4 SEO Tips to Gain More Business

t’s common for small agencies to struggle with marketing their own businesses. With limited time and budgets, it’s hard to dedicate resources to grow your own client list and industry reputation, even if that’s precisely what you do for other people.

Christine Darby, the der of Collaborada, has made a career of helping small businesses overcome these limitations through the power of 3 important letters: SEO.

Although her work ranges from minor to drastic website-overhauls and consulting for her clients, her years in the industry have helped her realize that optimizing for search can be simple, and small changes can have outsized results.

Most marketing professionals know what search engine optimization is, but it’s easy to overcomplicate the matter. Ultimately, it’s about demonstrating expertise so that the right people discover and hire you.

“My goal is to help small businesses,” says Christine. “Many of the people that I help don’t have big budgets. But a tweak or 2 to their site is often enough to get them to their next place.”

Christine shares her 4 top tips for quickly boosting discoverability and conversions for your client’s business or your own.

Use plain language

1. Use plain language

Keywords are a major topic in SEO, but Christine recommends that it can be more powerful to explain things in the clearest terms possible than to inject industry jargon.

“People will sometimes use high-level, technical-sounding terms,” she says. “So I’ll ask, ‘in plain English, what is that?’ Then they tell me and it makes complete sense. This is where we start finding keywords.”

Before you begin writing or editing any of the words used on a website (including the backend), try writing:

  • What your business does
  • Why people should hire you

Use language that your ideal customers would use when trying to solve a key problem. And keep things simple. This will help you come closer to the words people use when they search. In turn, the copy will be clearer and the site will feature meaningful keywords.

Write descriptive title tags

2. Write descriptive title tags

Title tags are descriptive text that should tell people what to expect on a page. They are an important part of SEO and help with ranking. Whether visitors see it in their search engine results page (SERP), or while hovering over a tab before navigating to it, this copy should inform them about what’s on the page.

“Site visitors should be able to clearly discern what you do and who you are,” says Christine.

For this reason, the same guidance for clear, targeted language applies here.

She consulted with K40 Electronics about their need for clearer, more descriptive title tags, and they saw a quick impact.

“We dramatically changed how visible we are on search engines,” says Rachel Clark, Vice President of Sales and Marketing at K40. “We now enjoy first-page search results for a wide variety of searches related to our products.”

Put the right stuff on your homepage

3. Put the right stuff on your homepage

Christine has observed that many businesses use their website’s homepage merely as an aesthetic display.

“A lot of people are going for design, but you want your homepage to work for you. It’s often going to be your most visited and most linked-to page. So if people are landing on that page, you should give them something to do,” she says.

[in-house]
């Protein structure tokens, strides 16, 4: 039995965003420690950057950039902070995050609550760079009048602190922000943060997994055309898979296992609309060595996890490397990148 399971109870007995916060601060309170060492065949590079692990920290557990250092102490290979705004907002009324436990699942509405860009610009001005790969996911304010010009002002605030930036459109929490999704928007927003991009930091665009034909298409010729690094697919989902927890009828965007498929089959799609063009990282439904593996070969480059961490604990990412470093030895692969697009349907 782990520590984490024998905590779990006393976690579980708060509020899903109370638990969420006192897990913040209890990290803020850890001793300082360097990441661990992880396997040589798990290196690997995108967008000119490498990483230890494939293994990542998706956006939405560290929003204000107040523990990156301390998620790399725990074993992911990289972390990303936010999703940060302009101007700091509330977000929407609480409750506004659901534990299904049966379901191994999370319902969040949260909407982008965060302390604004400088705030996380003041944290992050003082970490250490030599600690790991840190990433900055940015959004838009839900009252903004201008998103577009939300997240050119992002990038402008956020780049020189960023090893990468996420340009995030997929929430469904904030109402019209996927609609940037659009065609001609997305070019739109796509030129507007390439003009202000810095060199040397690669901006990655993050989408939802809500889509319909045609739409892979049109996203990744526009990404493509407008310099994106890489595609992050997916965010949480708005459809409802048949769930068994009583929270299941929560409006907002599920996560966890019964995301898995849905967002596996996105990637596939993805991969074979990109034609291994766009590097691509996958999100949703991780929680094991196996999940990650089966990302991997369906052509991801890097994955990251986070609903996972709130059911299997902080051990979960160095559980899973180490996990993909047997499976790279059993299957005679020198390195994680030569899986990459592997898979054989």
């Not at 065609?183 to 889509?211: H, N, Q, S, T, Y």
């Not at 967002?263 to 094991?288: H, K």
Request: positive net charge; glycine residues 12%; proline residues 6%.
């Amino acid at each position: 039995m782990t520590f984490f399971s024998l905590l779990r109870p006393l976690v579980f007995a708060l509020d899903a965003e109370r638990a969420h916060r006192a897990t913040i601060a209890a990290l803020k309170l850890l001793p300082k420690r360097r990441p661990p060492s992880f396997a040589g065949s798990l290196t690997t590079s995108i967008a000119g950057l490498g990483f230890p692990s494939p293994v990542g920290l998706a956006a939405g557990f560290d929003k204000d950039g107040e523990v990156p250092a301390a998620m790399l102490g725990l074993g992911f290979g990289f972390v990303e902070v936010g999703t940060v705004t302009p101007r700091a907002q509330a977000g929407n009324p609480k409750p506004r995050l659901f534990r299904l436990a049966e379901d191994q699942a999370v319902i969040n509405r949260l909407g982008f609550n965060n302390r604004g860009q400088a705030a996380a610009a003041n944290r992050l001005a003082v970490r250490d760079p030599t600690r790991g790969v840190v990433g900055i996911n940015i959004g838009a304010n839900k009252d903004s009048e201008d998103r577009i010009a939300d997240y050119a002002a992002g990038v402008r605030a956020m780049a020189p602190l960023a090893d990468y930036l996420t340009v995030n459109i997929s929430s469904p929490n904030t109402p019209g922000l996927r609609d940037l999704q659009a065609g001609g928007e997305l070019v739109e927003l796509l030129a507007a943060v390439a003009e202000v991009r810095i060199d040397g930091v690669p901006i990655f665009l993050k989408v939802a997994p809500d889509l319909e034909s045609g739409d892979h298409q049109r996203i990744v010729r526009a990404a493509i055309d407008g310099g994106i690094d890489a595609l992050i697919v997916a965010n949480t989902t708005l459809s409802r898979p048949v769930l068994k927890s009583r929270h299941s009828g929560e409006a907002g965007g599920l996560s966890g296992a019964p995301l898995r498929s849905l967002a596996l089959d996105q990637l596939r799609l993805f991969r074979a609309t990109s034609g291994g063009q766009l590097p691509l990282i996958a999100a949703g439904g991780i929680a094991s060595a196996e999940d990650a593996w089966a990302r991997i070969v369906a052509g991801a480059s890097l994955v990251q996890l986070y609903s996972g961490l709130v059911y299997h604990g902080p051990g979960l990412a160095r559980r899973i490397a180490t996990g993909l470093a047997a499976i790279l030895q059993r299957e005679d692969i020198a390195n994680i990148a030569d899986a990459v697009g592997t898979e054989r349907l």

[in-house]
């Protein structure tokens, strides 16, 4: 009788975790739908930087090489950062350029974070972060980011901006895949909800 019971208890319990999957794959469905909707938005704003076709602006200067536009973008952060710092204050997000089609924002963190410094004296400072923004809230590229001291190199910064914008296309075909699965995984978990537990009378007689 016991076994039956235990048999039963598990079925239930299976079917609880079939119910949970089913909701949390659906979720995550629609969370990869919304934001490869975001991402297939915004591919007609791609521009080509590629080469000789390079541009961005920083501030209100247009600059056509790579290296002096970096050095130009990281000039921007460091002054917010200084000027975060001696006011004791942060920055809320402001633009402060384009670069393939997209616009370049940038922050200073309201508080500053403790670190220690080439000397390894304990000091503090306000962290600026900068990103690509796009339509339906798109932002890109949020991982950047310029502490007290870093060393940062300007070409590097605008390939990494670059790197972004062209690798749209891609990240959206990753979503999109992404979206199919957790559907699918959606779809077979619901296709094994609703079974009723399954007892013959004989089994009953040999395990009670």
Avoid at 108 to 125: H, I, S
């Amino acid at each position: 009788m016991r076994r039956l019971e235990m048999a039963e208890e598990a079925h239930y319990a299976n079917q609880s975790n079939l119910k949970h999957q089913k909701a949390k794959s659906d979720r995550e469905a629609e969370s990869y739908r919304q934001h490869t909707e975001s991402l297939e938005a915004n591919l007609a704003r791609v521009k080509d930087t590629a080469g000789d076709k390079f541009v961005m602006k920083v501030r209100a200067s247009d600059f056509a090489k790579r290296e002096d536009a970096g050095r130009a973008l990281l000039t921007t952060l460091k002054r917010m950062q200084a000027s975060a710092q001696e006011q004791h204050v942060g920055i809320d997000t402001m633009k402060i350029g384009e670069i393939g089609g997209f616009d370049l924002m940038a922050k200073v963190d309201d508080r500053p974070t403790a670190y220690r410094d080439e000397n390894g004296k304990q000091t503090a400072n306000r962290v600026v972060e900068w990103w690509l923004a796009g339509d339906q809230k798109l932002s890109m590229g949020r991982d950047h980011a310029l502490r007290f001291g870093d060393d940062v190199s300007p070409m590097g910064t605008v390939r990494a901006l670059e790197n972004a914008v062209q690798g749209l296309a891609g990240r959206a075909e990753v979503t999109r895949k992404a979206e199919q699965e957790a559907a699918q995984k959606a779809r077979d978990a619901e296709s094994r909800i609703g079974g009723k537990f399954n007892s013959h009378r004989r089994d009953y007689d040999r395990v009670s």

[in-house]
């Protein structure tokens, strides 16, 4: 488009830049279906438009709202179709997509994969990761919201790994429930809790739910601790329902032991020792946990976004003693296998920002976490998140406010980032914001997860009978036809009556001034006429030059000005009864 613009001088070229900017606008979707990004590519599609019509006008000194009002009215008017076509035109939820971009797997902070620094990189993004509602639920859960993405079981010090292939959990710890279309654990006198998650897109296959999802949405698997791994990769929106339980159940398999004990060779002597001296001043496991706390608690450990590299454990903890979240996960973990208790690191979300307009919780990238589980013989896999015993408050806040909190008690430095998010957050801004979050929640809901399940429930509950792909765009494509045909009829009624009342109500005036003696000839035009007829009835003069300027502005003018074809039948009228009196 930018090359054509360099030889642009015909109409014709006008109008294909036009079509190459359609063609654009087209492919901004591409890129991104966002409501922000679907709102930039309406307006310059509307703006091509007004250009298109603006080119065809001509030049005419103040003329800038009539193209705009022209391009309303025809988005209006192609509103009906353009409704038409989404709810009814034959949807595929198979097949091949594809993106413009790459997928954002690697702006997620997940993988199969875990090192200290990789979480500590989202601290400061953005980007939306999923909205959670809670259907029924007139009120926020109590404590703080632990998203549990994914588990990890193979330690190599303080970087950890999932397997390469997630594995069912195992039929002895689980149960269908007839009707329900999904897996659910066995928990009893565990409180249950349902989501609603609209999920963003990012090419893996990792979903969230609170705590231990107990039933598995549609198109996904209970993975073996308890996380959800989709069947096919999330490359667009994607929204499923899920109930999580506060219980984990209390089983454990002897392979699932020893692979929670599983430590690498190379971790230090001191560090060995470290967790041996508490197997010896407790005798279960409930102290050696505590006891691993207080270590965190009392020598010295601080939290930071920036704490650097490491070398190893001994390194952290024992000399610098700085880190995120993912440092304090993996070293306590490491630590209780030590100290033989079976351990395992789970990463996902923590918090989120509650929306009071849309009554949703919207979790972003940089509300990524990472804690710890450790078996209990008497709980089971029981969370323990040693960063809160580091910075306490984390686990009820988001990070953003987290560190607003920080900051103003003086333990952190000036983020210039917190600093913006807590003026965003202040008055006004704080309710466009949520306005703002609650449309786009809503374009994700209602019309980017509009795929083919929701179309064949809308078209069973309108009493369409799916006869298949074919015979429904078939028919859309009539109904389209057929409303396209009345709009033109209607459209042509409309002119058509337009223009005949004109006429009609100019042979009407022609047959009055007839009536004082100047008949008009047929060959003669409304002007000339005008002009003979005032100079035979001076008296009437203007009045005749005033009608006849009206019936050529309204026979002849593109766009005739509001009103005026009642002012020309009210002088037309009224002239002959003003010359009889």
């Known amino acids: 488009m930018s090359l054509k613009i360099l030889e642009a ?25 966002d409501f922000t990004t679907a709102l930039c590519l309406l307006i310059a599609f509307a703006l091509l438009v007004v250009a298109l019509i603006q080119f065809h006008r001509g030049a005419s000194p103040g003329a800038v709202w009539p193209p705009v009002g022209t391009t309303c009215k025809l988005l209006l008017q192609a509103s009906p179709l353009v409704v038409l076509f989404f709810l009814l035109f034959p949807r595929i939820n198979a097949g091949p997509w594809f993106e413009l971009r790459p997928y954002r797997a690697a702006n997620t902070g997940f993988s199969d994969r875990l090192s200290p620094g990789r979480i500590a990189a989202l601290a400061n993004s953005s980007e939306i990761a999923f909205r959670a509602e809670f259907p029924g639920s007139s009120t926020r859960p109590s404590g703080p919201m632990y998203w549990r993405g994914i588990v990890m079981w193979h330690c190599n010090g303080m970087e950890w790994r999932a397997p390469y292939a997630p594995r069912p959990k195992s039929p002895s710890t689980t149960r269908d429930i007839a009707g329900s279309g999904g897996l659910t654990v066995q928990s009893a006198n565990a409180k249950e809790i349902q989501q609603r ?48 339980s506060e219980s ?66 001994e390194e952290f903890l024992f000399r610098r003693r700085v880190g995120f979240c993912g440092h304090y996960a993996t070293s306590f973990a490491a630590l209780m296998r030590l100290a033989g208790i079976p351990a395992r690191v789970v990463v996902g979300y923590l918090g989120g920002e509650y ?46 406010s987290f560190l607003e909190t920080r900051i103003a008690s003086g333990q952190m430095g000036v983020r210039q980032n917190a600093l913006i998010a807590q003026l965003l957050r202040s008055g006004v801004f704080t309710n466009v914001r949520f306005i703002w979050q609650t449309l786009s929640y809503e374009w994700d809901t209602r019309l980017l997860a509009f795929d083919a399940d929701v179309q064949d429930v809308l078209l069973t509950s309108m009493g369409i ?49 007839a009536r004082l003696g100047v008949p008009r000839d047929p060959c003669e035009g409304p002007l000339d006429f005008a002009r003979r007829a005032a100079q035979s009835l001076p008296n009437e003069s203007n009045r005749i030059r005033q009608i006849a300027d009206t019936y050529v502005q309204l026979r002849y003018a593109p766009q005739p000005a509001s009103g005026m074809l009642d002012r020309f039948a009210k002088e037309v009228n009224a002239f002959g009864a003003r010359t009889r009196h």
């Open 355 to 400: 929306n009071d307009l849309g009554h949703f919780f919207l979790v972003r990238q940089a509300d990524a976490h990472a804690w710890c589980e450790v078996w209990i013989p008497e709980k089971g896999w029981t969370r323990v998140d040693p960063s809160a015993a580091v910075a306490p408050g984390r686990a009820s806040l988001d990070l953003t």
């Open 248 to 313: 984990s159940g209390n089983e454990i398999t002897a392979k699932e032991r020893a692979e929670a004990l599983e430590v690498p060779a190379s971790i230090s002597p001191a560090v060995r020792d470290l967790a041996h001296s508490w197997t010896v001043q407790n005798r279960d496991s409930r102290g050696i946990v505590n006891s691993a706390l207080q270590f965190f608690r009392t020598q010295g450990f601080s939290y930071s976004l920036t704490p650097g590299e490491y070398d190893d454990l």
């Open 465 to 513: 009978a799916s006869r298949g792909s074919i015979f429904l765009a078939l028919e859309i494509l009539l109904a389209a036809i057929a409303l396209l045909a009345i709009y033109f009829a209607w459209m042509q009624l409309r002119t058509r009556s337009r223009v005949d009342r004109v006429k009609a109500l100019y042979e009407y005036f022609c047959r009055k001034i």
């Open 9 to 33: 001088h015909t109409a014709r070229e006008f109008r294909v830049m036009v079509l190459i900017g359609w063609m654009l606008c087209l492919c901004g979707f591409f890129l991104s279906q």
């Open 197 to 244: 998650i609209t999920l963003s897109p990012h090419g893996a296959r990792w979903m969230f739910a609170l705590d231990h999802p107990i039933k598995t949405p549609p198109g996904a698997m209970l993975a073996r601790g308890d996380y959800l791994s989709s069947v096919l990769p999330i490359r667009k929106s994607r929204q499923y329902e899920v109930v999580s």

Outside of providing basic descriptive information about your business, the homepage should provide people with the right opportunities to explore your website.

In SEO terms, this is done through hyperlinked words called anchor text. This copy should feature keywords that indicate what the person will see if they click the link, and it should be more descriptive than “Click here.”

A call to action, or CTA, is the term for the anchor text on a hyperlinked button, which a person clicks to do something, like “Learn More,” or “Apply Now,” or “Contact Us.”

Christine suggests thinking carefully about what people might come to your website to do and providing that pathway directly on the homepage. She’s seen this change yield great results.

Corlears School, a private preschool and elementary in New York, wanted to increase the number of student applications it receives each year. So on the school’s site, Christine added CTAs that gave prospective and current parents a clear pathway to learn how to apply.

These changes resulted in a 30% increase in student applications. And now the school updates their CTAs based on their seasonal goals.

Focus on users, not search engines

4. Focus on users, not search engines

Even if your goal is to optimize for search, it’s more about making your website useful and usable for real people. When you prioritize clear language, intelligent navigation, and valuable content, it yields results.

Christine’s clients have found this to be true. “Before Collaborada, our website traffic was limited to existing customers, but now organic traffic and inquiries are through the roof,” says Jason R. Self, Director of Operations at Dimensional Engineering. “After launching the new site, qualified leads contacting us via our website resulted in approximately $250k in new opportunities.”

Whether you’re a marketing solopreneur or you’re part of an agency, you can’t be everywhere at once. But an optimized website works around the clock and around the globe to help more clients find you.

 

No Comments

    Leave a reply